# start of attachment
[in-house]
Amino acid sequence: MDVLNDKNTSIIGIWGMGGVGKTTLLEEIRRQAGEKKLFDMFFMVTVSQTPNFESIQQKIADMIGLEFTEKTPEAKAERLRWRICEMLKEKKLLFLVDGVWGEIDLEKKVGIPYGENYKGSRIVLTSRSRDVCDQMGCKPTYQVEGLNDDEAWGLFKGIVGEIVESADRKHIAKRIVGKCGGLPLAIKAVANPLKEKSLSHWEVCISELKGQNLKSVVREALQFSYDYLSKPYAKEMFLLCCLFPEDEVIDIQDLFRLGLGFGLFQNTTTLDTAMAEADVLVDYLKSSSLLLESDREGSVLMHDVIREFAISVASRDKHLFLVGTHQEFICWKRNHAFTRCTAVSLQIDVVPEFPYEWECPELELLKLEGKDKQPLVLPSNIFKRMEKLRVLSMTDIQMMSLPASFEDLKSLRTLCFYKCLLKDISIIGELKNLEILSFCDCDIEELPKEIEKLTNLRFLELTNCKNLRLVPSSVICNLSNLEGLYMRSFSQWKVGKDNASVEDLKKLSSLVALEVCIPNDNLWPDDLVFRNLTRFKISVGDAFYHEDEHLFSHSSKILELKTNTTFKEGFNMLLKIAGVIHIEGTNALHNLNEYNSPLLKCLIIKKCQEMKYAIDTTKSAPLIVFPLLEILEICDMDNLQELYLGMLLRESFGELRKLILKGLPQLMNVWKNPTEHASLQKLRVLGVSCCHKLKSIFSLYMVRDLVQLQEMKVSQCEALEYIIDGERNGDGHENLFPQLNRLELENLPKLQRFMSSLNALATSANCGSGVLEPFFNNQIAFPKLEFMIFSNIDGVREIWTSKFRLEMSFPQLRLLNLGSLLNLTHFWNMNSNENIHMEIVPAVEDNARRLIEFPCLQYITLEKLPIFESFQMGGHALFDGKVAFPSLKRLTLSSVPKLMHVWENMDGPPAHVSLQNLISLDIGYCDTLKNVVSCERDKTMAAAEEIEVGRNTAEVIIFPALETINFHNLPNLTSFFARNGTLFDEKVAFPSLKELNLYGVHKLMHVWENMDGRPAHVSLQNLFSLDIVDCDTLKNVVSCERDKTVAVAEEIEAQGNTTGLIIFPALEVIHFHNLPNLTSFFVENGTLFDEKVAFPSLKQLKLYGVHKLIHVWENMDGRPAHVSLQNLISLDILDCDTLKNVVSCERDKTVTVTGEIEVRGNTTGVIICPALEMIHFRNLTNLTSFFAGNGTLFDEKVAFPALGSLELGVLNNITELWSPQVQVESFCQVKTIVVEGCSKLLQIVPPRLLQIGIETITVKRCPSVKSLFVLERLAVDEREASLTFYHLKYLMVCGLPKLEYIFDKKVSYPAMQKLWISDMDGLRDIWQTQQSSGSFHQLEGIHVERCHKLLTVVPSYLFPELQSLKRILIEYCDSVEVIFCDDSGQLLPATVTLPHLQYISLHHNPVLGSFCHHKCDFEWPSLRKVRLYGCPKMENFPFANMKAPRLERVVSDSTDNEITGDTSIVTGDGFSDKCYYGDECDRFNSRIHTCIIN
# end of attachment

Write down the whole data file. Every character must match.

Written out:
[in-house]
Amino acid sequence: MDVLNDKNTSIIGIWGMGGVGKTTLLEEIRRQAGEKKLFDMFFMVTVSQTPNFESIQQKIADMIGLEFTEKTPEAKAERLRWRICEMLKEKKLLFLVDGVWGEIDLEKKVGIPYGENYKGSRIVLTSRSRDVCDQMGCKPTYQVEGLNDDEAWGLFKGIVGEIVESADRKHIAKRIVGKCGGLPLAIKAVANPLKEKSLSHWEVCISELKGQNLKSVVREALQFSYDYLSKPYAKEMFLLCCLFPEDEVIDIQDLFRLGLGFGLFQNTTTLDTAMAEADVLVDYLKSSSLLLESDREGSVLMHDVIREFAISVASRDKHLFLVGTHQEFICWKRNHAFTRCTAVSLQIDVVPEFPYEWECPELELLKLEGKDKQPLVLPSNIFKRMEKLRVLSMTDIQMMSLPASFEDLKSLRTLCFYKCLLKDISIIGELKNLEILSFCDCDIEELPKEIEKLTNLRFLELTNCKNLRLVPSSVICNLSNLEGLYMRSFSQWKVGKDNASVEDLKKLSSLVALEVCIPNDNLWPDDLVFRNLTRFKISVGDAFYHEDEHLFSHSSKILELKTNTTFKEGFNMLLKIAGVIHIEGTNALHNLNEYNSPLLKCLIIKKCQEMKYAIDTTKSAPLIVFPLLEILEICDMDNLQELYLGMLLRESFGELRKLILKGLPQLMNVWKNPTEHASLQKLRVLGVSCCHKLKSIFSLYMVRDLVQLQEMKVSQCEALEYIIDGERNGDGHENLFPQLNRLELENLPKLQRFMSSLNALATSANCGSGVLEPFFNNQIAFPKLEFMIFSNIDGVREIWTSKFRLEMSFPQLRLLNLGSLLNLTHFWNMNSNENIHMEIVPAVEDNARRLIEFPCLQYITLEKLPIFESFQMGGHALFDGKVAFPSLKRLTLSSVPKLMHVWENMDGPPAHVSLQNLISLDIGYCDTLKNVVSCERDKTMAAAEEIEVGRNTAEVIIFPALETINFHNLPNLTSFFARNGTLFDEKVAFPSLKELNLYGVHKLMHVWENMDGRPAHVSLQNLFSLDIVDCDTLKNVVSCERDKTVAVAEEIEAQGNTTGLIIFPALEVIHFHNLPNLTSFFVENGTLFDEKVAFPSLKQLKLYGVHKLIHVWENMDGRPAHVSLQNLISLDILDCDTLKNVVSCERDKTVTVTGEIEVRGNTTGVIICPALEMIHFRNLTNLTSFFAGNGTLFDEKVAFPALGSLELGVLNNITELWSPQVQVESFCQVKTIVVEGCSKLLQIVPPRLLQIGIETITVKRCPSVKSLFVLERLAVDEREASLTFYHLKYLMVCGLPKLEYIFDKKVSYPAMQKLWISDMDGLRDIWQTQQSSGSFHQLEGIHVERCHKLLTVVPSYLFPELQSLKRILIEYCDSVEVIFCDDSGQLLPATVTLPHLQYISLHHNPVLGSFCHHKCDFEWPSLRKVRLYGCPKMENFPFANMKAPRLERVVSDSTDNEITGDTSIVTGDGFSDKCYYGDECDRFNSRIHTCIIN